I remember my Great-grandfather — my father’s mother’s father.  Papa W was a mean SOB. (I’m sorry for the language, but he was).  He scared me when I was little.  He helped me learn my times tables (how many of you remember them being called that!) because I was too scared of him to get them wrong.  He was mean to my Grandmother M, (his own daughter) who was one ofthe sweetest ladies I have ever known and welcomed him into her home to care for him.

But I am more like my Mamaw.  She was a STRONG woman (like her mother, Grandma E).  She was blunt, and honest.  She saw no point in being tactful.  She said what she meant, and she meant what she said.  She was a survivor and I envied her.  I still do in a lot of ways.  I wish I had her courage, her strength, her faith.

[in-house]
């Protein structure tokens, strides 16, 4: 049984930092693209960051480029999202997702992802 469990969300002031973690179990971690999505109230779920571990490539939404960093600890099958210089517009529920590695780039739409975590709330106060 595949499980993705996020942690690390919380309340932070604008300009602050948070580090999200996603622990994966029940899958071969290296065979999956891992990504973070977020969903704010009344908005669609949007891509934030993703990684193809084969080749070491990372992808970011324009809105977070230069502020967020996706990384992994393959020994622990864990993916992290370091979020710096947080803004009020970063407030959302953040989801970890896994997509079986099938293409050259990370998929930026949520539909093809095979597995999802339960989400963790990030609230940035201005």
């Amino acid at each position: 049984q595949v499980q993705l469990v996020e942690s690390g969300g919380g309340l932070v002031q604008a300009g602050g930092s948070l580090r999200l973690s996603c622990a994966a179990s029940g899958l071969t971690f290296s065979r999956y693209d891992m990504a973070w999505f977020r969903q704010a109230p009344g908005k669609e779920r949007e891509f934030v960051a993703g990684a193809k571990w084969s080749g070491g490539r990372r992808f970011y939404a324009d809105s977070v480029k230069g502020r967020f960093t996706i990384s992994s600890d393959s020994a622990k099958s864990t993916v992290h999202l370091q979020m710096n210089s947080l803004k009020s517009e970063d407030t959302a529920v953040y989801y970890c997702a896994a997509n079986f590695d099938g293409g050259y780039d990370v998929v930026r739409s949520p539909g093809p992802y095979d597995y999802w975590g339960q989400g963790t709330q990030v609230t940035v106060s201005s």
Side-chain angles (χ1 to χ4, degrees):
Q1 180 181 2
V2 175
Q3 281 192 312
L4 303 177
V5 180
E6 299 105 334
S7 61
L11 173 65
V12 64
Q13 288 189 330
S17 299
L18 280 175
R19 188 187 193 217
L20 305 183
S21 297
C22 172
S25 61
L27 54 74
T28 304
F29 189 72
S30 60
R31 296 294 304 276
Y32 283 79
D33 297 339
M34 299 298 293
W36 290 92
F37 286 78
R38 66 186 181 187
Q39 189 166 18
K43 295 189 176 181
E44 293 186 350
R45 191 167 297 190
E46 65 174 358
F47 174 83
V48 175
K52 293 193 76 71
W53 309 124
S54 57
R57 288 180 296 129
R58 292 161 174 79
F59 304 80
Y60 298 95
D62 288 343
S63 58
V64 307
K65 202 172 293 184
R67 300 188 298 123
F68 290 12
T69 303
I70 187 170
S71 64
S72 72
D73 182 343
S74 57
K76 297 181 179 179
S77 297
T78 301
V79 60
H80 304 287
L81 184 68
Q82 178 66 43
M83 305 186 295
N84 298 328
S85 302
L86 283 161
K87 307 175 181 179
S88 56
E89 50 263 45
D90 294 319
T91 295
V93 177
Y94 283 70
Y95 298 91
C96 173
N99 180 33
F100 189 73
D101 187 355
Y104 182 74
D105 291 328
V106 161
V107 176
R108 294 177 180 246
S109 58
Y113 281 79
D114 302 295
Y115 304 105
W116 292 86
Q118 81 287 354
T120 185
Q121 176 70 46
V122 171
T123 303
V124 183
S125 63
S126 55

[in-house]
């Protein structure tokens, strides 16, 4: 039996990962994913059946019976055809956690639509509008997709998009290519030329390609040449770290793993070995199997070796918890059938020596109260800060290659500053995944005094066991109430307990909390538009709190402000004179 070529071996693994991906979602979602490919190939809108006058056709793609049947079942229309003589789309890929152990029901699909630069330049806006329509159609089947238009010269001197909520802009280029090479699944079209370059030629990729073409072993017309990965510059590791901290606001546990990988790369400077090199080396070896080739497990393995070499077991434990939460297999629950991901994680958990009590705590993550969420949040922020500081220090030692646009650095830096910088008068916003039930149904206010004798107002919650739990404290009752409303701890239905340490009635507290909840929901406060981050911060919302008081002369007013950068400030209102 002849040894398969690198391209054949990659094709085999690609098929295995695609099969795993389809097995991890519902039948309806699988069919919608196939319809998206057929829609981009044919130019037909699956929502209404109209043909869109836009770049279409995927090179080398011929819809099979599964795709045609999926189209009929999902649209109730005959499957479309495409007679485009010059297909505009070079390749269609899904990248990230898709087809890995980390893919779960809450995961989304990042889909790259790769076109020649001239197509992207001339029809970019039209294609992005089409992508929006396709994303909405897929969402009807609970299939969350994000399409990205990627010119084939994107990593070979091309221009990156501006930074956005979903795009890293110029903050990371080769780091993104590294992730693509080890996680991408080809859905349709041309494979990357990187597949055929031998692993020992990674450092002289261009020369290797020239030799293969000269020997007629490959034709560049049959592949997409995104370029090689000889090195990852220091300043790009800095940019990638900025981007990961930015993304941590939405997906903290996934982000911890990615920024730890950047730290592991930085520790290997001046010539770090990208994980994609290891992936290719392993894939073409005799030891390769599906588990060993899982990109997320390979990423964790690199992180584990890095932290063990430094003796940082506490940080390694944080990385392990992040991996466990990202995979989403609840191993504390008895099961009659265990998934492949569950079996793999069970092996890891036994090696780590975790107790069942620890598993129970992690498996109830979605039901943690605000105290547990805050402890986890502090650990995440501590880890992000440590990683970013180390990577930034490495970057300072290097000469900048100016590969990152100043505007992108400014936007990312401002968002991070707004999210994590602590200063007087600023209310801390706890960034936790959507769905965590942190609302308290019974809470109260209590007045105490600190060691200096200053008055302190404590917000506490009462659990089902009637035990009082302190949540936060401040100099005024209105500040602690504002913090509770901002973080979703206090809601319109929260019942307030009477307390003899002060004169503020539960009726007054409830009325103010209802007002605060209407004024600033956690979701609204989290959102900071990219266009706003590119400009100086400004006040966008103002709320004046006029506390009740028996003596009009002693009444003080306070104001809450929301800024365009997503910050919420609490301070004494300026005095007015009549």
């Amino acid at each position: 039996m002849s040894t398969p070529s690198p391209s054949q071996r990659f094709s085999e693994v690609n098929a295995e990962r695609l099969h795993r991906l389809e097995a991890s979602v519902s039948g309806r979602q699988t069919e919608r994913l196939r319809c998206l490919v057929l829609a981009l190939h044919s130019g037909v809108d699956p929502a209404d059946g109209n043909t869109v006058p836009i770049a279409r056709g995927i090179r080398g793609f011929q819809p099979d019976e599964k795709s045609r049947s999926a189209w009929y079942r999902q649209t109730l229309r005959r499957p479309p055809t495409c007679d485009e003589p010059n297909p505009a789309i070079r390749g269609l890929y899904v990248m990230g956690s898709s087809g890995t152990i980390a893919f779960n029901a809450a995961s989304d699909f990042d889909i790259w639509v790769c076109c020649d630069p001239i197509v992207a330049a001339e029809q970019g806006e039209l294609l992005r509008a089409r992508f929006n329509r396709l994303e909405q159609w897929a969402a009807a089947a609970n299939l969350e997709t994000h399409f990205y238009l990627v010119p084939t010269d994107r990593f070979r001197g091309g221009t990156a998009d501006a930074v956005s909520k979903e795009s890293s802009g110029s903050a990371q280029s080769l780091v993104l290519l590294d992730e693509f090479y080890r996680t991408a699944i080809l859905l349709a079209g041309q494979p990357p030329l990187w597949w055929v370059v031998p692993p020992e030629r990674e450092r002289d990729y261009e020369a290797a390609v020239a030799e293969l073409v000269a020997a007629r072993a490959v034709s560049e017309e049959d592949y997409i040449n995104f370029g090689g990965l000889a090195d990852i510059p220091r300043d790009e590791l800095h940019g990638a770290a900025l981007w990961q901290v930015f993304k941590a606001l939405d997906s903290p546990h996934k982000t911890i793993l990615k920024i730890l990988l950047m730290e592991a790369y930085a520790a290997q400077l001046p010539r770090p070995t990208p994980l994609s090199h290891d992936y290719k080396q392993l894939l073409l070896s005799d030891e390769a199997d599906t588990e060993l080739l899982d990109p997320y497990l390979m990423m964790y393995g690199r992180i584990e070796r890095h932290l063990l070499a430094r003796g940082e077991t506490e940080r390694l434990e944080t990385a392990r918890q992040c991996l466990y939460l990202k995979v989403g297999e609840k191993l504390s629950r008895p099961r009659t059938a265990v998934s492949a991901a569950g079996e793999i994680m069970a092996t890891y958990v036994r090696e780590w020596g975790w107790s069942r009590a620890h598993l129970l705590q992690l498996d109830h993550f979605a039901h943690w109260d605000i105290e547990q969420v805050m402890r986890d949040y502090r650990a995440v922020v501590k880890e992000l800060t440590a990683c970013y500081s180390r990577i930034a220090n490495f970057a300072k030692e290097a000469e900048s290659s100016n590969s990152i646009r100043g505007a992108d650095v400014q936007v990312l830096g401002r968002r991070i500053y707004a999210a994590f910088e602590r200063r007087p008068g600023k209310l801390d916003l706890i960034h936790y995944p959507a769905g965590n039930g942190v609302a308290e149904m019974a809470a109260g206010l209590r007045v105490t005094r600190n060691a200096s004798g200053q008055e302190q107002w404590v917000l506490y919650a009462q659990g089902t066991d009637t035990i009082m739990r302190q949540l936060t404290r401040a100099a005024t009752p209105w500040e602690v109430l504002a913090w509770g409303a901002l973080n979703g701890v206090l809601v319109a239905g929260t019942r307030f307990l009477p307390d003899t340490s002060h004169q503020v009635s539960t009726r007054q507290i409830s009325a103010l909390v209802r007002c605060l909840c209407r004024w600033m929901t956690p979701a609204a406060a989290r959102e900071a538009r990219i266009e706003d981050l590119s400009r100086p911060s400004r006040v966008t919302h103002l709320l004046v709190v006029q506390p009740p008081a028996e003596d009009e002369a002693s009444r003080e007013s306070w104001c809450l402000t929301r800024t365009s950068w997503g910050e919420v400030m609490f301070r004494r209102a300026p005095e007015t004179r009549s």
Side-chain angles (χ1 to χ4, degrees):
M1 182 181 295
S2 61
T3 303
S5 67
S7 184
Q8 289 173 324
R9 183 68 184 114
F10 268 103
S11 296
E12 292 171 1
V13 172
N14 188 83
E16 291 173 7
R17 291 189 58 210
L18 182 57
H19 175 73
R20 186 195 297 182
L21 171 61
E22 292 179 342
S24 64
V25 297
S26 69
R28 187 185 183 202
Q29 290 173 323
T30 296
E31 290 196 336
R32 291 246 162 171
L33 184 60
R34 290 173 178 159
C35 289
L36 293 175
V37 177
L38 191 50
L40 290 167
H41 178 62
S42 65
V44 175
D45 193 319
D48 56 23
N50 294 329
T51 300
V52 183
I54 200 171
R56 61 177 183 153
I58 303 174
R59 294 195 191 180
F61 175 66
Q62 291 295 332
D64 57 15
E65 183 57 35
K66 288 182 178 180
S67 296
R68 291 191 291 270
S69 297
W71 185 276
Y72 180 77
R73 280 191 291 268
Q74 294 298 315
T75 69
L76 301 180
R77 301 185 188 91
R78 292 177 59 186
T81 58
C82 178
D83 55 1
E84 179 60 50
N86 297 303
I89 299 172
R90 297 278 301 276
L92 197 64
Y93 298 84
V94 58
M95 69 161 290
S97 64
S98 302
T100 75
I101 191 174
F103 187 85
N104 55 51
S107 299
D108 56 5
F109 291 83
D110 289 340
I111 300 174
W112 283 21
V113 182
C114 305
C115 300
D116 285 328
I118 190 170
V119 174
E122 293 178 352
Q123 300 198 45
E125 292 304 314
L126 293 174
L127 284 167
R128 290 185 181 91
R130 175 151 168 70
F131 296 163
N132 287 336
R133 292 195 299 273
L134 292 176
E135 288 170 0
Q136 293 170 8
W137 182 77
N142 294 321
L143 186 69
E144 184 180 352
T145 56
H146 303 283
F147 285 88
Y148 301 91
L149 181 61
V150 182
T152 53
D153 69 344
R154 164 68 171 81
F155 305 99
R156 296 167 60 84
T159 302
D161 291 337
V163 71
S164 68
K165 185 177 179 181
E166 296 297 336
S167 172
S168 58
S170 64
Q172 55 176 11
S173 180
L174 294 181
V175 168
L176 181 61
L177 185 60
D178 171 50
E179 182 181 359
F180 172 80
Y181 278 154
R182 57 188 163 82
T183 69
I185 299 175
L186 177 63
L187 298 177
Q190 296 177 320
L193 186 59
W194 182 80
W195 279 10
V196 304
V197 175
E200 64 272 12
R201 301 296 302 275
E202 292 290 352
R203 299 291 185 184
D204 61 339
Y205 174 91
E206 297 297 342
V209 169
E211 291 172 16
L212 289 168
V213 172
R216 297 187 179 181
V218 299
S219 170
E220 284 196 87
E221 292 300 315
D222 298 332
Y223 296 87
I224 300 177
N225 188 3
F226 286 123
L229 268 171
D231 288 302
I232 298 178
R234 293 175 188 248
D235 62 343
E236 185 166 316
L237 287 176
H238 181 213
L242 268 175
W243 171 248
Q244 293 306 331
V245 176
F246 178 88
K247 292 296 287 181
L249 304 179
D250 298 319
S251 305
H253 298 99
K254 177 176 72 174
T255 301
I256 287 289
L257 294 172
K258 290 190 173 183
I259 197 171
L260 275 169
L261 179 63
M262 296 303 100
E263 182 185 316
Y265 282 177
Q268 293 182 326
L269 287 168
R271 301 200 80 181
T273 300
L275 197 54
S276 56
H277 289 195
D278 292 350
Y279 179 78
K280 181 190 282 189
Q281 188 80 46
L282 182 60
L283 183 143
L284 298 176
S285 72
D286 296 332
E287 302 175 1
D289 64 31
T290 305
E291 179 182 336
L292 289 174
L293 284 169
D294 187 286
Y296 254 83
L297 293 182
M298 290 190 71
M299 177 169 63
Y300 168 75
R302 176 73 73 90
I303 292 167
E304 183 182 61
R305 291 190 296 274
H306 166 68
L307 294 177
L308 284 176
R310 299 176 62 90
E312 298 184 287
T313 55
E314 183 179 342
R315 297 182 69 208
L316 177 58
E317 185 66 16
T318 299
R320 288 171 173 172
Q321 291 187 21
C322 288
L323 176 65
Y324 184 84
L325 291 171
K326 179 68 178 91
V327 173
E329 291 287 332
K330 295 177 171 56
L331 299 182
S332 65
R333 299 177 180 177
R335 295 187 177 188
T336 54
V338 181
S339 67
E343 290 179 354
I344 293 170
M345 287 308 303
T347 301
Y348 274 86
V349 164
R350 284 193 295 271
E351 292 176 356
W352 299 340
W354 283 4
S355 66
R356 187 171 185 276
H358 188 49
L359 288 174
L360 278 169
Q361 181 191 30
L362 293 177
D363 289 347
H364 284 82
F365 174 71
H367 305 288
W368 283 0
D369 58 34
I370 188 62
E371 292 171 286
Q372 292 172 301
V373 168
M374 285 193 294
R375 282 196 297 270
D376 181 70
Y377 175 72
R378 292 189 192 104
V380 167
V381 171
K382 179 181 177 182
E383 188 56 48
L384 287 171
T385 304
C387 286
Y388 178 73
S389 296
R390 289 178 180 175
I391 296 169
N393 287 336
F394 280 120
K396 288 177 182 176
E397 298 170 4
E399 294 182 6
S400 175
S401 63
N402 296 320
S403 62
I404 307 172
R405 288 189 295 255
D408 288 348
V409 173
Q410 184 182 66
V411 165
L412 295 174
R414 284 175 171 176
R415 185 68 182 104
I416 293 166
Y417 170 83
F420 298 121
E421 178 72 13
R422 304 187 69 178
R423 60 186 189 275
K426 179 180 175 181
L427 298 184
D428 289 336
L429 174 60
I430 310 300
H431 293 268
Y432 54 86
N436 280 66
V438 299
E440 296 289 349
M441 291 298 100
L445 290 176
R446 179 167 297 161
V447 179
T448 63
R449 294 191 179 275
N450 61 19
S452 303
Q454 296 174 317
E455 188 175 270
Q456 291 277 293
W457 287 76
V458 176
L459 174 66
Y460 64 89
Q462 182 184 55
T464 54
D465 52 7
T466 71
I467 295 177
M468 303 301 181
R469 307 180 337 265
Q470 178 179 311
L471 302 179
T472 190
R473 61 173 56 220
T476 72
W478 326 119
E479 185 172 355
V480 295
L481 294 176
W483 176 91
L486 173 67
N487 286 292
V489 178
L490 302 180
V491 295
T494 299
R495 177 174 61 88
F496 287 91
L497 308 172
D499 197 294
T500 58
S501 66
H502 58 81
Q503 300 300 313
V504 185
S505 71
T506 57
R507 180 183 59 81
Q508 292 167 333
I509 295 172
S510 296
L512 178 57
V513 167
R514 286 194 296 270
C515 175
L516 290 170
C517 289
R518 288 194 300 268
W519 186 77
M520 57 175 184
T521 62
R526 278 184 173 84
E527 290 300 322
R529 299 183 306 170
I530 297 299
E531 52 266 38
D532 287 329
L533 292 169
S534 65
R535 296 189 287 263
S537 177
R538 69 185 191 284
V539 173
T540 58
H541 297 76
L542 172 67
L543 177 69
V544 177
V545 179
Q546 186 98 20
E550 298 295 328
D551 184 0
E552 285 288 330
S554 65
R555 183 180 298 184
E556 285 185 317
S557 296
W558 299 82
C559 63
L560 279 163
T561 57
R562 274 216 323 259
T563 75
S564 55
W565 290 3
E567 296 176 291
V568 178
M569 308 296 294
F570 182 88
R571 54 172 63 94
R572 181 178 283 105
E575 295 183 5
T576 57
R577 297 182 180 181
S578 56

My Grandmother M was a Lady.  Not that my Mamaw J wasn’t, but Grandmother M was a gentler creature.  Her strength was quiet, tactful.  She would shame us into behaving.  They both threatened to spank us when we misbehaved — the difference is that I believed Mamaw J.  When I doubted Grandmother M, she proved me wrong and spanked me!  She hurt my pride more than my rear, but she actually SPANKED ME!!!!!!  Unbelievable.  I smile when I remember her.  I wish I were much more like her.  I wish I had her gentleness, her gift for laughter, her capacity for forgiveness.